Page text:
Pitcairn Island & Mangareva
Kialoa II Information
From the Beginning...
Frank & Cynthia
Future for Frank & Cynthia
Frank's Resume
Tribute - Lillian Robben

On the Way to Ceylon

Frank Robben - November 1992
Cocos Keeling Islands

The wind died again in the morning and when I woke up I could hear the sails slatting as Kialoa rolled gently in the remaining swell. The sun had been up for a while; I had kept my radio schedule at 0500 with Penta Comstat and then turned back in, there was a light southerly breeze then. Christopher was on watch, I asked him if we should start the engine and drop the sails, he agreed. I made a routine check of the 140 horsepower Detroit Diesel Allison 4-53, found adequate oil, no apparent problems, but noticed the 50 odd hours accumulation of oil in the pan beneath the engine and pumped it into a waste oil container. In the meantime Christopher had made ready to drop the sails and Ali, hearing the noises, had arisen and together they were dropping the jib. I started the engine, put it in gear, forward slowly at first, and gave them a hand. The sun was bright, getting hot on deck, the sea was clear to the horizon in all directions and there were a few puffy tropical clouds in the sky. It appeared we had another day of listening to the engine move us slowly on our way.

Around 1000 Christopher noticed that one of the trolling lines had a fish, it was a good sized one. He began pulling it in, Ali slowed the yacht down and got the gaff. I let them work on it and watched, it was a good sized Wahoo, the best tasting fish that I know and a welcome prize. Ali got ready with the gaff and coached Christopher on handling the line; the last time we had a big Wahoo like this on the line I tried to gaff it myself and bring it aboard and lost it due to my uncertainty and slowness when the big fish violently struggled to get off the gaff. After setting the gaff in the fish even Ali had some trouble getting it over the stern pulpit and on the deck; the mizzen boom and rigging tend to get in the way and make it awkward when a 50 pound fish is struggling violently to escape and spattering blood in all directions. But he was successful, I got the club out of the helm locker and managed to get a good blow on the head of the thrashing fish; it went into a rapid quivering motion for a few moments while dying. Ali was lucky to land the Wahoo, the gaff had gone into the soft meat just behind the head and the violent thrashing had almost pulled the cruel gaff out, which would have left a badly wounded fish in the ocean, perhaps to heal, and perhaps to become dinner for something larger.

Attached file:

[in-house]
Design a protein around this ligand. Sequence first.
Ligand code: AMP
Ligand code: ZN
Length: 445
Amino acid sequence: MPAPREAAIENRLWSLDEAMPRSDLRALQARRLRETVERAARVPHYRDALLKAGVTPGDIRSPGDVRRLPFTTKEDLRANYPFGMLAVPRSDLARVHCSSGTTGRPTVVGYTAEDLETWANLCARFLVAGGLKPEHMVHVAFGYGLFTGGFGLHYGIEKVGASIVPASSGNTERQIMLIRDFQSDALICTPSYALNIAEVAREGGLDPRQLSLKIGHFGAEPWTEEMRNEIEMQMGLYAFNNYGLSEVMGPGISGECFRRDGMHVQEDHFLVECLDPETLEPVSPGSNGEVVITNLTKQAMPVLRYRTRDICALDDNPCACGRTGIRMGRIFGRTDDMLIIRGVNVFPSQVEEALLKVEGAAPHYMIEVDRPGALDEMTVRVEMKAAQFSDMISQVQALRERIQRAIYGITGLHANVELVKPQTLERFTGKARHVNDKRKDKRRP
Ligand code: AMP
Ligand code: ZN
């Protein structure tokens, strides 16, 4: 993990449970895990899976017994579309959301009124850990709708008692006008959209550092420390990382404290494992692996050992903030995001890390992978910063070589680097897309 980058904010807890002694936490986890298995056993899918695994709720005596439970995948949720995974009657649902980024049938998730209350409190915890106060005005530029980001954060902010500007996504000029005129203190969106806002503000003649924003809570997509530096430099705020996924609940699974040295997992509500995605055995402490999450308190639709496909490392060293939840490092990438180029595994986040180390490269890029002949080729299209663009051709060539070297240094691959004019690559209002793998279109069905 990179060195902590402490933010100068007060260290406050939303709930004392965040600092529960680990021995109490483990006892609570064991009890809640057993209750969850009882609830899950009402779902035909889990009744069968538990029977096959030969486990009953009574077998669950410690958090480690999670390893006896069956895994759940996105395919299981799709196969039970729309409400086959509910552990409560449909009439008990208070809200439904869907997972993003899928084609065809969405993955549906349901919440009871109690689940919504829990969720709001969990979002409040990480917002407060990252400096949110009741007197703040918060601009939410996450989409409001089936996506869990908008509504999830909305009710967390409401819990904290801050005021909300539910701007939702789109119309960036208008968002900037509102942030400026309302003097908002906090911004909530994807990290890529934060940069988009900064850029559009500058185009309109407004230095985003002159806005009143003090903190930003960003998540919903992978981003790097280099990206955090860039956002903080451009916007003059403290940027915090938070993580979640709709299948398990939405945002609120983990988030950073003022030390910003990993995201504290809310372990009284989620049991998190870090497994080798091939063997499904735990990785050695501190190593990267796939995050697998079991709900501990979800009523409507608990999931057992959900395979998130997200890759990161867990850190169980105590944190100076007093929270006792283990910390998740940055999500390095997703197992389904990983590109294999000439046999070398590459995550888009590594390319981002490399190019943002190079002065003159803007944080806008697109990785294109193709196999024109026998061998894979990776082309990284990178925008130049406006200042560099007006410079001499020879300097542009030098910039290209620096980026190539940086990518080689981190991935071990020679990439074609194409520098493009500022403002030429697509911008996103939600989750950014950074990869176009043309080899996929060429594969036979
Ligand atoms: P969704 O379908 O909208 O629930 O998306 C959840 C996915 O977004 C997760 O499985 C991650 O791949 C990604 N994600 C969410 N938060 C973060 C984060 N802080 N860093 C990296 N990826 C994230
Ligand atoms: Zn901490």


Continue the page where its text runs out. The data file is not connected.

This was the best fish we had caught in the last 6 months, and Sheila and Audrey came on deck to admire it while Ali got his camera and I took a photo of him holding it. Afterwards Christopher and I watched while he expertly gutted it, carefully saving the roe and liver, and cut it into meal sized portions for freezing. He and Christopher then washed the blood and fish remains off the deck with the hose and the job was done. Tonight this Wahoo will provide us sashime for snacks and one of Ali's superb fish dinners. The catching of this fish will probably be our main excitement for the day; it is satisfying to be at least a bit self-sufficient in our requirements.

Although Kialoa is stocked with food, fuel and spare parts for a long time at sea and could probably visit almost anyplace in the world depending primarily on wind for power, most everything on her is the end product of a chain of processes involving many people and what we consider a high level of technological achievement and social cooperation. Living a bit closer to nature, observing and adapting her natural forces to the needs and pleasures of life, seems to have some innate appeal, and the catching of this fish, to me, satisfies a bit of that yearning.